Because at heart, sermons that we feature prominently in the order of worship each week, are a product of the proclaimer wrestling with God in such a way through personal reflection and study so that the listeners are too encouraged to wrestle with the texts too.

When people ask me– often who are not familiar with all things church as to what I do on a weekly basis– I say I write and preach sermons that are product of my own spiritual journey with a word for the greater congregation in mind.

Though there are some pastors who do the alternative, I just don’t know any other way to preach than to have it overflow out of my own relationship with God as I seek to make sense of the joys, failures, and disappointments in my own life.  I do this all in the hope that you’ll see me model this publically and then be encouraged to enter in a similar process too.

One of my preaching mentors, though we’ve never met, is Lillian Daniel. Lillian is the pastor of First Congregational Church of Glen Ellyn in Illinois. In response to her own experiences of pastoring, encouraging her people to have real experiences of God and then do the crazy thing called “share them” with the community Lillian writes the book, Tell it Like it Is: Reclaiming the Practice of Testimony.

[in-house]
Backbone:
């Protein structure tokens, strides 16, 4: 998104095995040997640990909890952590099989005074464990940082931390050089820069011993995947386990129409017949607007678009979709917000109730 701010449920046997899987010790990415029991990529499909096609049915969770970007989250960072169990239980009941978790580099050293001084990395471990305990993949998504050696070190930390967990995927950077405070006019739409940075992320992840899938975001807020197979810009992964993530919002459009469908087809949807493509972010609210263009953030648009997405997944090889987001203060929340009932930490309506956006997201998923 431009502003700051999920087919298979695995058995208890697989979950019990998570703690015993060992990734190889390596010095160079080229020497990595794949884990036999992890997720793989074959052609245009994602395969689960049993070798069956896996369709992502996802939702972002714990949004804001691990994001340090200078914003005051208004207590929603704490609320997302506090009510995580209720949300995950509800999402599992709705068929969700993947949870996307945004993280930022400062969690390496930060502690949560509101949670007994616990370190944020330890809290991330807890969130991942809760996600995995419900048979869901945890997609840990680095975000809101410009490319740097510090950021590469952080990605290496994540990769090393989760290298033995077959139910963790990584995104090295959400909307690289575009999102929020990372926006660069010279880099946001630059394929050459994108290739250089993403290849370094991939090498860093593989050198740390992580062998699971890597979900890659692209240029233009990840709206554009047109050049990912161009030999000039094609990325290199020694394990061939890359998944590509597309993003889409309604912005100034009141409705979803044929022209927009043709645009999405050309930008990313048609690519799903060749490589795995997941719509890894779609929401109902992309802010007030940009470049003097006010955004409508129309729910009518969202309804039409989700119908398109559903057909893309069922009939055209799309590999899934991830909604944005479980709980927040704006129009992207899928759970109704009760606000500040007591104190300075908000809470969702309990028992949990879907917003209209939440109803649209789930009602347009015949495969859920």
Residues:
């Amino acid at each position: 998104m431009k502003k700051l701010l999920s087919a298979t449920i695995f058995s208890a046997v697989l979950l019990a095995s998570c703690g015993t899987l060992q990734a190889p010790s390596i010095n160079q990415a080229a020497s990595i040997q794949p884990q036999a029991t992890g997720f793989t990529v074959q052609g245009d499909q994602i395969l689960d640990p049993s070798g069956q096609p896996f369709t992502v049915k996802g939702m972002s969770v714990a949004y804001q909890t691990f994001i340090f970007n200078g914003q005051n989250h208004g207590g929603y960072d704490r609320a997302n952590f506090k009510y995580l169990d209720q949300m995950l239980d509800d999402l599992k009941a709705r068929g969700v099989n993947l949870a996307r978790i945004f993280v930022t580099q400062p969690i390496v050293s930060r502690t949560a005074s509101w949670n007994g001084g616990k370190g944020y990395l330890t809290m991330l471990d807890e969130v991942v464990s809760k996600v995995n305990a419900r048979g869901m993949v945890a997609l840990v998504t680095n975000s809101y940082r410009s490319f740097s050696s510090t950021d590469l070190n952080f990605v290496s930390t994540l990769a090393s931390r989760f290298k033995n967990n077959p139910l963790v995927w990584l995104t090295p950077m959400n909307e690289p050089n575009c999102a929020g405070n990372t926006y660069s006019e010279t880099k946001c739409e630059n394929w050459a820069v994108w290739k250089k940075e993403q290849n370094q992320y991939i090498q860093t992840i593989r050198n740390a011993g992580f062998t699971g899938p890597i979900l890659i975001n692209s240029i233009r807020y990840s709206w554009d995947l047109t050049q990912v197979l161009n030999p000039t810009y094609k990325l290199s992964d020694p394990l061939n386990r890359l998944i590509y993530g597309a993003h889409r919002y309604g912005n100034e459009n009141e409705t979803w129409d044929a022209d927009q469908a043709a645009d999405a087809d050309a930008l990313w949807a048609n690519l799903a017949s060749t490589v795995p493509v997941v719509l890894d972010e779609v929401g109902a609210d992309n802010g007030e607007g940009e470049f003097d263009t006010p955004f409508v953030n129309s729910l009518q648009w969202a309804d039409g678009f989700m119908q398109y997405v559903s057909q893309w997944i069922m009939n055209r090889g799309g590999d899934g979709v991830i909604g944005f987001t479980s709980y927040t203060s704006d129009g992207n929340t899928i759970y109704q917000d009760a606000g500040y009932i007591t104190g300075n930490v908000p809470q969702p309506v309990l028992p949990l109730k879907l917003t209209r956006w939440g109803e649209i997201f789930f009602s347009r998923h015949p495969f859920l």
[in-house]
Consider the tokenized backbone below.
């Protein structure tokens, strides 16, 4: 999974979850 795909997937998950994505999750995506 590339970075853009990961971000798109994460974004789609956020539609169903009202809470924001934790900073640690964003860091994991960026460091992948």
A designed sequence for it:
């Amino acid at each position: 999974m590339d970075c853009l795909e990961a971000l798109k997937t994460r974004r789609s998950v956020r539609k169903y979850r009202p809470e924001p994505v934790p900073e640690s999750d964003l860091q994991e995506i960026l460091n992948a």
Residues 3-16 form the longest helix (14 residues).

And this is her basic challenge to pastors: make sure your people know that you wrestle with God, just as you ask them to do every Sunday.

 Lillian hypotheses that while pastors are often eager to talk about themselves– which my seminary professors warned against– they are not so eager to talk about their own relationship with God. Why?